Alphabet, Google's parent company, reported a big miss in its fourth-quarter 2017 earnings report Thursday, sending the stock down as much as 6% in after-hours trading. It was down about 2% later in the evening.

Here are the results versus Wall Street's expectations, per Bloomberg:

  • Net revenue: $25.9 billion vs. $26.32 billion expected
  • EPS (GAAP): $9.70 vs. $10.04 expected

Here are some other important key pieces from the earnings report:

Traffic acquisition costs (TAC) was $6.45 billion, up quite a bit from the $4.85 billion in TAC a year ago. TAC is what Google pays to third parties like Firefox and Apple so web searches on those platforms direct to Google. The growing TAC is one of the biggest concerns with Google's advertising business. TAC as a percentage of revenues was the highest it's been in at least two years.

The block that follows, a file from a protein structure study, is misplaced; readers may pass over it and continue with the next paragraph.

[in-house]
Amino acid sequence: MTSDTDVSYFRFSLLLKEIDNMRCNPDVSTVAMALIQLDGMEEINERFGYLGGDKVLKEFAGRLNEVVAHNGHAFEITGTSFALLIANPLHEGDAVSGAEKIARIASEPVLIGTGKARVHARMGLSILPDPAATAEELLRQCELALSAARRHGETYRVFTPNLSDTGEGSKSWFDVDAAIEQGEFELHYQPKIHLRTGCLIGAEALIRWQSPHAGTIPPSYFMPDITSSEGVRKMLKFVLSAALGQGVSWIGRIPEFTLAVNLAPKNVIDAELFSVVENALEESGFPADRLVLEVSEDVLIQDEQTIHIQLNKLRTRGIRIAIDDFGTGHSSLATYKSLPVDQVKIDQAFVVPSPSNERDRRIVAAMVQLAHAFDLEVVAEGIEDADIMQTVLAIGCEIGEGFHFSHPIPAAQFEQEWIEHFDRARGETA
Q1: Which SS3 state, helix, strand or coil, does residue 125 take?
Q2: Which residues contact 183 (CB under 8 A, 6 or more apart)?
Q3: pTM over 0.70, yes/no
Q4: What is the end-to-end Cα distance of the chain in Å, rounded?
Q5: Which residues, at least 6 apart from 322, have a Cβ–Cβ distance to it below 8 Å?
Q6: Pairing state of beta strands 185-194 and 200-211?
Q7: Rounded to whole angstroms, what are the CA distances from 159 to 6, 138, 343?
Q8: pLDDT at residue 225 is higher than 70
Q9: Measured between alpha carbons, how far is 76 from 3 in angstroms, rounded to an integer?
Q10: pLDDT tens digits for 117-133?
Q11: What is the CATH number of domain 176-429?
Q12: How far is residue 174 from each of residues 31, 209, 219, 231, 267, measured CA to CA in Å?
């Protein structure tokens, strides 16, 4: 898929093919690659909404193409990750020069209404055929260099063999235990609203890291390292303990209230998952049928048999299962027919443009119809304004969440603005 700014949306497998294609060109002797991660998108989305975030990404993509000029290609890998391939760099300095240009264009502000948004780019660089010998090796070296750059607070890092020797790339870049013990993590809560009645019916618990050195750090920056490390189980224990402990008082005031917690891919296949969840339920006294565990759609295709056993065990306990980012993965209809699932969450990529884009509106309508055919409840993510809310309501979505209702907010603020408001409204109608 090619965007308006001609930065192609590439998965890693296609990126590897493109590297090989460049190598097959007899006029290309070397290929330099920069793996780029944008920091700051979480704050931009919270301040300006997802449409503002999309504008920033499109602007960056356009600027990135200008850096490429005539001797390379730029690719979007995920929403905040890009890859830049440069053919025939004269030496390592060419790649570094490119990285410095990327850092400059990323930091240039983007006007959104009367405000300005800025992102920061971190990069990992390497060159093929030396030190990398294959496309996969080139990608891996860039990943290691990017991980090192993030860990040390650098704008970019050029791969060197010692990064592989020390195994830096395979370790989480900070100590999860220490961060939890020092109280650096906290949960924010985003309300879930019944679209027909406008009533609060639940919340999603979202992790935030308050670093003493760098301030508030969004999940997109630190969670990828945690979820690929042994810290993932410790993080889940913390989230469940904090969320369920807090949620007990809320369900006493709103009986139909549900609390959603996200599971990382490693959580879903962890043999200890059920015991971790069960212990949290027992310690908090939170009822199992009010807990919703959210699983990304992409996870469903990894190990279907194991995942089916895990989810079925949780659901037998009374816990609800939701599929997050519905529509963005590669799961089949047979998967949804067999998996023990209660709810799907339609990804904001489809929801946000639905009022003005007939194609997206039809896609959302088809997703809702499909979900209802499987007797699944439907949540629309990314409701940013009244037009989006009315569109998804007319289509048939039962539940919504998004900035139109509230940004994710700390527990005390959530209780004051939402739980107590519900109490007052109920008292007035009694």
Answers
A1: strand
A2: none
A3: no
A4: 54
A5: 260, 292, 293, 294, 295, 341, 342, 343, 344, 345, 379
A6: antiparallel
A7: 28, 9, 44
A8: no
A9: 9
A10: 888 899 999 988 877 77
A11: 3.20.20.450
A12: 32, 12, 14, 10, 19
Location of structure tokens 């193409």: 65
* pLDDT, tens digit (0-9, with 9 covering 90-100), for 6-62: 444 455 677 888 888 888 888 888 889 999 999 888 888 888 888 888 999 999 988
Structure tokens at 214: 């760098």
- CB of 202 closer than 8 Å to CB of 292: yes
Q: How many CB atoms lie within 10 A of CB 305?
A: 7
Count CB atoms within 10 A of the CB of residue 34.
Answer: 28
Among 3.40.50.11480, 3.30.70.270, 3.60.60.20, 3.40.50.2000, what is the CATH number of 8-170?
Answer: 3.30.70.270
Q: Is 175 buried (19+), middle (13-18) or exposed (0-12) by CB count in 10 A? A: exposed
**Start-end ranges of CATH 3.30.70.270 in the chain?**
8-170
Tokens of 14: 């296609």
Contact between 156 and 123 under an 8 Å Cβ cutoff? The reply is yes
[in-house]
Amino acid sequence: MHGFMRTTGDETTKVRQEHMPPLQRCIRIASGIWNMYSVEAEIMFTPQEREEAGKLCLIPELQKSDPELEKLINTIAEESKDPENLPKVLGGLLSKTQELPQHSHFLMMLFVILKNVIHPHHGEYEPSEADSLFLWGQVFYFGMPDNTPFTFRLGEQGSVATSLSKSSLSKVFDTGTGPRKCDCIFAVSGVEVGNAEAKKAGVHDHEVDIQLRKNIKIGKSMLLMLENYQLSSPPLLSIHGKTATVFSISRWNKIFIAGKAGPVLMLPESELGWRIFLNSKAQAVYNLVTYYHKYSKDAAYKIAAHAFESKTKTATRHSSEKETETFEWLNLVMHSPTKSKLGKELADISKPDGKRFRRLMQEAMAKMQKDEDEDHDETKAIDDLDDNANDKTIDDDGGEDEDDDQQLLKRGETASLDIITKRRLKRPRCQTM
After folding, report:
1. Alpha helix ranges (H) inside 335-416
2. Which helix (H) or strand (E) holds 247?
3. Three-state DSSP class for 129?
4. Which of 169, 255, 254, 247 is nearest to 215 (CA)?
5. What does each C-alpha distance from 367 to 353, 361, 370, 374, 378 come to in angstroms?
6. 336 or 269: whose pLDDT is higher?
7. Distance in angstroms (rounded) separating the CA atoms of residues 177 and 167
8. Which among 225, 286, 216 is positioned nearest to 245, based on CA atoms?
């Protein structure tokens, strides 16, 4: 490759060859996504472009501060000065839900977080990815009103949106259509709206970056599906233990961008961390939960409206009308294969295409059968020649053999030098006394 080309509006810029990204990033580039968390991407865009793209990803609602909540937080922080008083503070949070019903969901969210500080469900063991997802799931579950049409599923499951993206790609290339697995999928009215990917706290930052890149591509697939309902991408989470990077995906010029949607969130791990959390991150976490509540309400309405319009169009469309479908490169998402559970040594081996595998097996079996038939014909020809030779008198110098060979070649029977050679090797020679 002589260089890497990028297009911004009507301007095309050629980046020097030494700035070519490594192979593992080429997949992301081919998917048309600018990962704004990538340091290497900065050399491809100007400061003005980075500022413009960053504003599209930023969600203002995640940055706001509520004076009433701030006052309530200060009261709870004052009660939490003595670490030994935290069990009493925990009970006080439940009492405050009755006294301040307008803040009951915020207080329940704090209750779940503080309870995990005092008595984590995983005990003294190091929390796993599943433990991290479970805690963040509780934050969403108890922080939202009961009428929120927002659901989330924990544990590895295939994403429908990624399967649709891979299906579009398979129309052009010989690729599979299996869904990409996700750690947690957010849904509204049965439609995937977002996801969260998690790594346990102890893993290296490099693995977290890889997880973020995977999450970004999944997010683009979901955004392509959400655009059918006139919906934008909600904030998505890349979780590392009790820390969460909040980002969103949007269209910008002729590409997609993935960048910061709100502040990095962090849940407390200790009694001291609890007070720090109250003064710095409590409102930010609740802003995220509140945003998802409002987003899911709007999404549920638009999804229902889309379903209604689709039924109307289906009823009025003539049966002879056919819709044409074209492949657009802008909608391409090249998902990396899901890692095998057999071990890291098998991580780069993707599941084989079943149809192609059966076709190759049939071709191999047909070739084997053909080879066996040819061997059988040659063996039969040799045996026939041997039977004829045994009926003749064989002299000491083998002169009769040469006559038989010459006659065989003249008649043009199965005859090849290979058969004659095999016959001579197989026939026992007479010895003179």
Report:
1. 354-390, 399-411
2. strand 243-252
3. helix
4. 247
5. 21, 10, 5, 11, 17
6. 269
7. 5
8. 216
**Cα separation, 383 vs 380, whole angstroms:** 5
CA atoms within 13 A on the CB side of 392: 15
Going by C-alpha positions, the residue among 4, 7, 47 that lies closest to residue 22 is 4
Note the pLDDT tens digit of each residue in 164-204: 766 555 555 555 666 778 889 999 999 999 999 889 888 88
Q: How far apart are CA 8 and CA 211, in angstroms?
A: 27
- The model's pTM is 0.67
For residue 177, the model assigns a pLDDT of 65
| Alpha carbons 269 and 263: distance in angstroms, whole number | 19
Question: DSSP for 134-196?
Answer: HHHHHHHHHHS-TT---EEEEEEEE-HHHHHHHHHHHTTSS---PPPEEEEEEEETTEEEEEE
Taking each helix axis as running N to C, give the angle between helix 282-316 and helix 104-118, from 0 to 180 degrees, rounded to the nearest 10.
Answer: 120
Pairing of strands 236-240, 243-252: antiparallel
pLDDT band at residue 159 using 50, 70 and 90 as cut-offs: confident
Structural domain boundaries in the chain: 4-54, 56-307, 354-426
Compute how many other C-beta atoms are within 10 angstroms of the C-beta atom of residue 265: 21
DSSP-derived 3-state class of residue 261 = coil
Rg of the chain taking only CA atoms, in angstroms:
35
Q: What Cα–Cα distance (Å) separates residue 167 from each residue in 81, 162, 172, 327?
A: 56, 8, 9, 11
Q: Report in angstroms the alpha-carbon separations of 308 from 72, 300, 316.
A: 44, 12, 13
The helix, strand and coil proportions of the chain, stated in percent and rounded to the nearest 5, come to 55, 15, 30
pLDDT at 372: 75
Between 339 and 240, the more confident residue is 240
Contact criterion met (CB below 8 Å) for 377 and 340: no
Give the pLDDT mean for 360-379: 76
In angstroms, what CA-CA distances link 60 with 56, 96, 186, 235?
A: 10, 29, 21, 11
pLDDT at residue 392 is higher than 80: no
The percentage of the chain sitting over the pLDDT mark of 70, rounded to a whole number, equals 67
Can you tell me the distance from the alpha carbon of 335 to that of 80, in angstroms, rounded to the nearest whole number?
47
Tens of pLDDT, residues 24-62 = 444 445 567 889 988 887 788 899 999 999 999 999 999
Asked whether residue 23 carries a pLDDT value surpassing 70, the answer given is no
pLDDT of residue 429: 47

Alphabet said the new Tax Act in the US caused a one-time $9.9 billion expense in the fourth quarter.

Other Bets revenues were $409 million, up from $209 million a year ago. Other Bets are the other companies under the Alphabet parent like Waymo (self-driving cars), Nest (smart appliances), Verily (life sciences), and more. Other Bets operating losses were $916 million. They were $1.09 billion a year ago.

Google's Other revenues, which includes hardware products and cloud services, were $4.69 billion, up from $3.4 billion a year ago. Google released several new hardware products last fall like the Pixel 2 smartphone and Google Home Mini speaker that contributed to Other revenues. The company sees hardware as a promising area of growth. On the earnings call, Google CEO Sundar Pichai said Google's cloud services are generating $1 billion per quarter in revenue, but didn't give specifics.

Alphabet's earnings report also announced the company plans to buy back up to $8.6 billion worth of Class C stock.

Alphabet announced in its earnings report that it appointed John Hennessy as chairman of the board. The company's former executive chairman Eric Schmidt stepped down a few weeks ago.

This post originally appeared on Business Insider.